MURFREESBORO— November 16-22 is Governor Haslam’s “Get Smart About Antibiotics Week”, and Rep. Bryan Terry, MD (R-Murfreesboro), a physician in the Tennessee General Assembly, kicked off the awareness week by teaching students about antibiotic resistance at Central Magnet School.
The week long initiative, promoted by the Tennessee Department of Health and the Centers for Disease Control, looks to bring awareness to the public about overuse of antibiotics and the effect on society. Central Magnet School offers a Biomedical Sciences class, taught by Pamela Stewart, that Dr. Terry addressed concerning antibiotic use awareness.
“Our class had been discussing antibiotic resistance and legislation,” said Stewart. “We knew Dr. Terry had worked with Central students on legislation before. He jumped at the opportunity to talk to our students and we were excited to hear him in our classroom.”
This past session, Rep. Terry worked with Allen Nichols and the Central Magnet School’s Contemporary Issues class to co-sponsor the Right to Try bill which passed unanimously in the House and has been signed into law by Governor Haslam. Right to Try would allow terminally ill patients the right to try medications that have passed Phase 1 of FDA trials and potentially give terminally ill patients life saving treatments in a timely manner. The Central Magnet students were the only high school students in the state to work with a legislator and have a bill co-sponsored on their behalf.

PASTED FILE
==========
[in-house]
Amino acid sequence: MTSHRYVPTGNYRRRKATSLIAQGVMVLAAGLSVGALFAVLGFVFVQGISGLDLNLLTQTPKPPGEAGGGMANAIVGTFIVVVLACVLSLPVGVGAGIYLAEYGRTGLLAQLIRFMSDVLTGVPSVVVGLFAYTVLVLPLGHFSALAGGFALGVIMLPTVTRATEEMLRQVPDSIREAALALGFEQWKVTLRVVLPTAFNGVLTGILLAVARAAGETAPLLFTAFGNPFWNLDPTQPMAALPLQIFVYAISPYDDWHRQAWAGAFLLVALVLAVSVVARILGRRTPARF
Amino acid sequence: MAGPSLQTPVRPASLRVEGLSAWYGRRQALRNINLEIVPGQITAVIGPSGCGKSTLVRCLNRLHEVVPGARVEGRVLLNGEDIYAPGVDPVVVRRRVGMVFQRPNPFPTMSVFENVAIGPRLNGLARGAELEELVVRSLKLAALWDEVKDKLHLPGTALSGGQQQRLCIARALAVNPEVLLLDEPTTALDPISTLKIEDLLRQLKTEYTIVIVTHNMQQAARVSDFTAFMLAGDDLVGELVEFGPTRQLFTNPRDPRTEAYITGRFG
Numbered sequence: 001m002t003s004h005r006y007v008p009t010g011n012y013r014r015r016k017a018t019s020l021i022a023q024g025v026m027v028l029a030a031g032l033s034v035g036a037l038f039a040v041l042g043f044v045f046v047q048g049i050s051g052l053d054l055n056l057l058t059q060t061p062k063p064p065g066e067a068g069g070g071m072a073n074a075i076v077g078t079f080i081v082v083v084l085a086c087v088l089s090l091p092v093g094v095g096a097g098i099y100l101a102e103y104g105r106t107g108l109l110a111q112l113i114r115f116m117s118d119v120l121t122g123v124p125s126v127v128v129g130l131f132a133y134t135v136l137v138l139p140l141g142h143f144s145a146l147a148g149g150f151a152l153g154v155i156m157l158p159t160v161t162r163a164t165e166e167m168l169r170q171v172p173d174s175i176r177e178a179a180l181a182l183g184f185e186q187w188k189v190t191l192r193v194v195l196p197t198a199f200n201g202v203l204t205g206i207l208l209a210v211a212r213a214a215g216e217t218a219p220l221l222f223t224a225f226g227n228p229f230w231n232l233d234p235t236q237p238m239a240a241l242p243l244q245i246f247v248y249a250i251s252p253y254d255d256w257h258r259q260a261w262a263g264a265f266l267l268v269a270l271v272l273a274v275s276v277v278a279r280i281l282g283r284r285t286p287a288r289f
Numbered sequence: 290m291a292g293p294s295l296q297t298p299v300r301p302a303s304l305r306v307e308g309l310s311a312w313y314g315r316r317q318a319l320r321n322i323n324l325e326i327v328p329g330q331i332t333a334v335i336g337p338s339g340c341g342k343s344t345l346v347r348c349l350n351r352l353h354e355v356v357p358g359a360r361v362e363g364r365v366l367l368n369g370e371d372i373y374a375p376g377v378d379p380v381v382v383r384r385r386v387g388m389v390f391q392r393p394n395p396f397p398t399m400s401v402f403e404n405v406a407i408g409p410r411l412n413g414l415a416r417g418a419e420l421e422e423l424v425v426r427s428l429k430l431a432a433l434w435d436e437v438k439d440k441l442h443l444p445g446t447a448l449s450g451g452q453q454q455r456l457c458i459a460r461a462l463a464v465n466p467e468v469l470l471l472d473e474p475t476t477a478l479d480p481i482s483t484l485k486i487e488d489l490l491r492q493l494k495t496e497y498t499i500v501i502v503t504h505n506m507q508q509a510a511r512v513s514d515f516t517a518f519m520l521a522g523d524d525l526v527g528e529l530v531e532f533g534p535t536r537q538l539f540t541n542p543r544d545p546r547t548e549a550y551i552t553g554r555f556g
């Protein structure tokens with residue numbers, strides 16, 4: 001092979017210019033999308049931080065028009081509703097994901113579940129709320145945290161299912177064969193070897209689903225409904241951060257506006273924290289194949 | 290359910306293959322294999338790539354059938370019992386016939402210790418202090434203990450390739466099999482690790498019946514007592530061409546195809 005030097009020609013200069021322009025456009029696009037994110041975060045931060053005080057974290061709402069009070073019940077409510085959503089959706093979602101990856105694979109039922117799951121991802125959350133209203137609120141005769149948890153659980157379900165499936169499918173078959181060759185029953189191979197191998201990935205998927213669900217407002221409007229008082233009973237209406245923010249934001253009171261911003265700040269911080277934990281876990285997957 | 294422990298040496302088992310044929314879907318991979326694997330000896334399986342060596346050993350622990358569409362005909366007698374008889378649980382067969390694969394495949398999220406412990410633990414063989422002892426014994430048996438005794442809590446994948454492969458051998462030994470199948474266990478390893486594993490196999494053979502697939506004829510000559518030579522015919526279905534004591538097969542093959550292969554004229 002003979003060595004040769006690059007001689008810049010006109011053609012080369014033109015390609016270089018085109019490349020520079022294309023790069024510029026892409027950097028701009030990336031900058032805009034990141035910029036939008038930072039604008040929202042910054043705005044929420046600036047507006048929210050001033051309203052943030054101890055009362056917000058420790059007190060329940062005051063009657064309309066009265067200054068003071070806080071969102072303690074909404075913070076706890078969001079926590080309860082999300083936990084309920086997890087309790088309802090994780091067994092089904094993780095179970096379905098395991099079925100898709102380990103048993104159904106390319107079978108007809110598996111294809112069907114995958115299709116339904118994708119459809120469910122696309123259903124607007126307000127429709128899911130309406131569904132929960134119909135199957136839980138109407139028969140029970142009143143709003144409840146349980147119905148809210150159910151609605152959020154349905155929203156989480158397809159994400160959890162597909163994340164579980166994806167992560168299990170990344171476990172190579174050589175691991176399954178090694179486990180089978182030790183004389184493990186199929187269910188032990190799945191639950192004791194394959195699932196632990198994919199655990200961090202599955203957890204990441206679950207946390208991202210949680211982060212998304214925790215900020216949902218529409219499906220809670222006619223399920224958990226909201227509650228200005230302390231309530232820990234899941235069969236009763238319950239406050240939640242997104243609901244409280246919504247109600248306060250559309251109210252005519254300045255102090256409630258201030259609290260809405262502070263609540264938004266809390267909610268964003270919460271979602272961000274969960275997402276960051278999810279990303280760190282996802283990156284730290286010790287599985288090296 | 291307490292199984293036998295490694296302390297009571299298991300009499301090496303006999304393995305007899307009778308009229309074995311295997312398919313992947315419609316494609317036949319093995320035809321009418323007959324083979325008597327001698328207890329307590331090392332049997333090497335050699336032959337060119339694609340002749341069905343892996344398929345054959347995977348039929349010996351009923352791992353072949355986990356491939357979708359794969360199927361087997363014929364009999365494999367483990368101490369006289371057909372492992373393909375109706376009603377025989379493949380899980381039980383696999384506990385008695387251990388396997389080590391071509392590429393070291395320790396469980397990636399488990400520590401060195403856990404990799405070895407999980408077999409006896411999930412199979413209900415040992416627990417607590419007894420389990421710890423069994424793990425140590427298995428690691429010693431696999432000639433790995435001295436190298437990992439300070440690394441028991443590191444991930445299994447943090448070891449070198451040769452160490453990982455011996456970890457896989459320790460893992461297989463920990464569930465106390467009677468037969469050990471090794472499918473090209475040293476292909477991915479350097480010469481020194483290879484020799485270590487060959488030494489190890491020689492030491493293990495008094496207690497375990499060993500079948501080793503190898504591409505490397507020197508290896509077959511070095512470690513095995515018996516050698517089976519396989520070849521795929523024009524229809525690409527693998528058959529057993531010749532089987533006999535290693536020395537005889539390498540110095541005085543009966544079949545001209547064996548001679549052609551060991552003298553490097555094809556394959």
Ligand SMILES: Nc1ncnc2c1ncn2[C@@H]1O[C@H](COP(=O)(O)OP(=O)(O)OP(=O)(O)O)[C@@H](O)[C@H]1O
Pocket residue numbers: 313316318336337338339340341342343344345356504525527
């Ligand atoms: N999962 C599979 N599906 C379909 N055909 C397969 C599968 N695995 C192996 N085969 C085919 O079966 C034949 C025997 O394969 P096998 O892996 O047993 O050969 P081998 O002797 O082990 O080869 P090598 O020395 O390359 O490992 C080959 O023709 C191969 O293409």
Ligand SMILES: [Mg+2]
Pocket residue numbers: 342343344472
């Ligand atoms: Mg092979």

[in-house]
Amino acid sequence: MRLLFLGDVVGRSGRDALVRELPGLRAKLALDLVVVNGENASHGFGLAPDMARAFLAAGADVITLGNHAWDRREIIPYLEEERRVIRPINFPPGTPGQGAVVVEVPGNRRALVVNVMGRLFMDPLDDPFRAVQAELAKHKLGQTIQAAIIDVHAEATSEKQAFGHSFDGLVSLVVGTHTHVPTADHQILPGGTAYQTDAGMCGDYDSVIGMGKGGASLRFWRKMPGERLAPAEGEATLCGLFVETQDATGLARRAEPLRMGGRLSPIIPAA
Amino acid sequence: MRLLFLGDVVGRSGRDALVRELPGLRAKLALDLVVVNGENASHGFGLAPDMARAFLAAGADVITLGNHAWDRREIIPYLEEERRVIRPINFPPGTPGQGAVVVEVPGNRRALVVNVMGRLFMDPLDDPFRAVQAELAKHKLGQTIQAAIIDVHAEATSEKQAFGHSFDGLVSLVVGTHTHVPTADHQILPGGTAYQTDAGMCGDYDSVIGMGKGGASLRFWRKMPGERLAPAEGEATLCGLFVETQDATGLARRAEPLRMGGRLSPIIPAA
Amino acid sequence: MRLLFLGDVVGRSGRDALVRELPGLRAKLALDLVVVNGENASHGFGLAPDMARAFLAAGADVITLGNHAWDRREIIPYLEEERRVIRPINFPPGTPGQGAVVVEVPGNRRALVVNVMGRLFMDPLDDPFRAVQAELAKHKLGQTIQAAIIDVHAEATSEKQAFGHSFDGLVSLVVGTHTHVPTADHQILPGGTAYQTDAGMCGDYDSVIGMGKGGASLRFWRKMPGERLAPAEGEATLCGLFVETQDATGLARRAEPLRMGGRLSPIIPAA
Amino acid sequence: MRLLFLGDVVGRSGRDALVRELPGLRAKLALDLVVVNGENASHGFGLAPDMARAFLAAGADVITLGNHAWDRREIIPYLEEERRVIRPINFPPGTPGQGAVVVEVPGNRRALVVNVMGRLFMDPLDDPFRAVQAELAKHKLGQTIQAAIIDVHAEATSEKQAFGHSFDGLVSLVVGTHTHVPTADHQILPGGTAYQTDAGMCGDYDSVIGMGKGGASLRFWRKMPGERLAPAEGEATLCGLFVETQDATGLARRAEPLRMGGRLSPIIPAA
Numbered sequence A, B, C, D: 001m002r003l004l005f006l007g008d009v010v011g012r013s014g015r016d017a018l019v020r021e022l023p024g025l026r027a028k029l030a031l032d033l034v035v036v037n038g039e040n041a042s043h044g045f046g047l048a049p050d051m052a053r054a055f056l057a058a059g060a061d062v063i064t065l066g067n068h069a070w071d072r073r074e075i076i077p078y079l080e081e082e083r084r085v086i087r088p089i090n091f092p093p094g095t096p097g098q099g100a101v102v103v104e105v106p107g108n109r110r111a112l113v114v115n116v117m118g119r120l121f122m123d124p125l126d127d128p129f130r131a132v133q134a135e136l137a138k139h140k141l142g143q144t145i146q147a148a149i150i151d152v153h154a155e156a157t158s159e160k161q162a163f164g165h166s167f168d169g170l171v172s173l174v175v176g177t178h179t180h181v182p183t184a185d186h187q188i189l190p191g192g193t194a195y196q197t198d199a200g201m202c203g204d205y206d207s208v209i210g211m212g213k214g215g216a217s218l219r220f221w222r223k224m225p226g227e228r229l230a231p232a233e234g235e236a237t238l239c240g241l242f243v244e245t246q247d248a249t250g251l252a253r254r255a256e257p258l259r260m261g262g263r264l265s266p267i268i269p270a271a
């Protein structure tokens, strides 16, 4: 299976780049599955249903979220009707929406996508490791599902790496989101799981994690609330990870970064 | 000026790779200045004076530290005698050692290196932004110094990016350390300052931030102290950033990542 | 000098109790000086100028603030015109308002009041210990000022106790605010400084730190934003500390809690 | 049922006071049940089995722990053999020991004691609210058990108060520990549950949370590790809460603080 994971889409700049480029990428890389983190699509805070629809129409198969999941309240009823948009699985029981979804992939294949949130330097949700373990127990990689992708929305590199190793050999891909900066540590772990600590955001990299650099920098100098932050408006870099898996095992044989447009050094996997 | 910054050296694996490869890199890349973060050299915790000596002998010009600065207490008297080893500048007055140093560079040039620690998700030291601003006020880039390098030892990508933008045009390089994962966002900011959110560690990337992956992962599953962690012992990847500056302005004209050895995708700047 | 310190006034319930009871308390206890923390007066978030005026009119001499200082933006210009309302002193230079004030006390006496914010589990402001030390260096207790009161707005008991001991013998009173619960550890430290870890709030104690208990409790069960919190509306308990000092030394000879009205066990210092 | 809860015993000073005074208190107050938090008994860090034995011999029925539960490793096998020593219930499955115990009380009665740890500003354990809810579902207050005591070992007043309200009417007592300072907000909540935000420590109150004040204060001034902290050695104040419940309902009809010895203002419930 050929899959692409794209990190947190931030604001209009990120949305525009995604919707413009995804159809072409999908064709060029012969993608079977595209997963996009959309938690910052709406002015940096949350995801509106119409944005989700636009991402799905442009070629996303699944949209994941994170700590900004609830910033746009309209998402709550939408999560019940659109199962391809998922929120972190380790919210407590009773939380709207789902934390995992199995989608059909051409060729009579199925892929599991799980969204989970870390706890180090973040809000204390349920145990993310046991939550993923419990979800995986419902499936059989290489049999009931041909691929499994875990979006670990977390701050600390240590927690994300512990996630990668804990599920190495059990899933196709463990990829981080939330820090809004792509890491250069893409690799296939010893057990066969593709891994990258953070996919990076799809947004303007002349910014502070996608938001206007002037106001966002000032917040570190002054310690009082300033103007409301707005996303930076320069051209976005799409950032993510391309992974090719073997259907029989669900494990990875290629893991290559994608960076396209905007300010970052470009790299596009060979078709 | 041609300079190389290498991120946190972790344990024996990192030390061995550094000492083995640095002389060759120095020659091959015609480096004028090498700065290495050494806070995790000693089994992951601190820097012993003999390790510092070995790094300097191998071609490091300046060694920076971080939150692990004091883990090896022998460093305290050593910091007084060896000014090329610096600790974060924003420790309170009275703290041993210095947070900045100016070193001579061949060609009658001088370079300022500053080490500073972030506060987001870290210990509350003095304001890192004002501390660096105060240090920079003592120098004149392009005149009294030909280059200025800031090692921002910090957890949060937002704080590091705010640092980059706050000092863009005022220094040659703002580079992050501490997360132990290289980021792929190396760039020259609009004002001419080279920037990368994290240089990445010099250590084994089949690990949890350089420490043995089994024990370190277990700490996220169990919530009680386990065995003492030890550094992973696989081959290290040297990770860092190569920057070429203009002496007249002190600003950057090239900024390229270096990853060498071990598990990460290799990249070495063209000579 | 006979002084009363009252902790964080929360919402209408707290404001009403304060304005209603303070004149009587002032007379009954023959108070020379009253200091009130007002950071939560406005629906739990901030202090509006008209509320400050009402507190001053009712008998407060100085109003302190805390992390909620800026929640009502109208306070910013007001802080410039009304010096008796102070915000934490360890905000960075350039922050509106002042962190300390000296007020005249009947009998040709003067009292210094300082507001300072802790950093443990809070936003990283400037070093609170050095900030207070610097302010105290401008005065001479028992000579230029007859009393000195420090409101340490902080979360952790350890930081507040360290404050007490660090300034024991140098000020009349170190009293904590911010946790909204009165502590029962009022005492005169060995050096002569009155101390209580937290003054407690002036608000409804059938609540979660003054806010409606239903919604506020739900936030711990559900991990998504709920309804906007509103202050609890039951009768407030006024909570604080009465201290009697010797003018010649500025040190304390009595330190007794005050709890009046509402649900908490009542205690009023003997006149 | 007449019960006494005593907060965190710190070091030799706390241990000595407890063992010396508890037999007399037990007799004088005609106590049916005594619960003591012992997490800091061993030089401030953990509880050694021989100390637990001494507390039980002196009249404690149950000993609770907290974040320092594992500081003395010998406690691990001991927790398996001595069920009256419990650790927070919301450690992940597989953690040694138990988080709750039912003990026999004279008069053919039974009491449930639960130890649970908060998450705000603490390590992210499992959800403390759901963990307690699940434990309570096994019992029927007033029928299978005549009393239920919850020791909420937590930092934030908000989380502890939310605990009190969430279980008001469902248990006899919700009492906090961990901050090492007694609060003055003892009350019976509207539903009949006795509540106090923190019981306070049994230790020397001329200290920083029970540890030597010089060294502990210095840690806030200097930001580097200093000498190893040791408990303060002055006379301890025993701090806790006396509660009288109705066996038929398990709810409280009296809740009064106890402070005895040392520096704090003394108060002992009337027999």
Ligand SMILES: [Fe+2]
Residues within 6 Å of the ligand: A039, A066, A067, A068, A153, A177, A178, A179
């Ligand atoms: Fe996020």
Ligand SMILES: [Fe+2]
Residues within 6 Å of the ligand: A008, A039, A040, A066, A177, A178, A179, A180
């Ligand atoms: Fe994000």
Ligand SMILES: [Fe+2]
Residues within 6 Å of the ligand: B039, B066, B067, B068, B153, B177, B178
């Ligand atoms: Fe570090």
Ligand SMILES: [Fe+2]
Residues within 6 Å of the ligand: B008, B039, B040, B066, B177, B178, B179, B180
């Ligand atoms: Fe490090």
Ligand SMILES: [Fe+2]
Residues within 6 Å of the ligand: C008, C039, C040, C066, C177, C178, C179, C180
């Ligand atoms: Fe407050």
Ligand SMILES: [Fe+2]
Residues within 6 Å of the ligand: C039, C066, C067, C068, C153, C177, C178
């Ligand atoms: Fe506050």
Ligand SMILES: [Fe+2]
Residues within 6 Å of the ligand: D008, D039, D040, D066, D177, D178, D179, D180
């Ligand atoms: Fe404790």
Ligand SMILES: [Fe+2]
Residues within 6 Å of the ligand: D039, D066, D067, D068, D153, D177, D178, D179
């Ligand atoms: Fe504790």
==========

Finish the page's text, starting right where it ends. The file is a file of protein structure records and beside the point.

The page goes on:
“Our children, grand children, and the next generation are why I am in office. Everything we do as legislators impacts their lives. They should be engaged in the political process and I am honored to help work with students,” stated Rep. Terry
Rep. Terry spoke to the students about overuse and misuse of antibiotics. Citing the Tennessee Department of Health, Dr. Terry noted that Tennessee’s antibiotic prescription rate is the third highest in the nation. Also, because of widespread misuse of antibiotics, the CDC lists antibiotic resistance among its top public health concerns.
“It isn’t just public policy, educational, or economic issues that impact the futures of these students, but health issues, as well. Overuse and misuse of antibiotics can lead to antibiotic resistance and the development of superbugs that can cause serious and life threatening infections. Parents, students, and even doctors must understand that misusing antibiotics today can impact the health of society in the future,” said Rep. Terry.
One can learn more about Get Smart About Antibiotics Week at the Tennessee Department of Health website.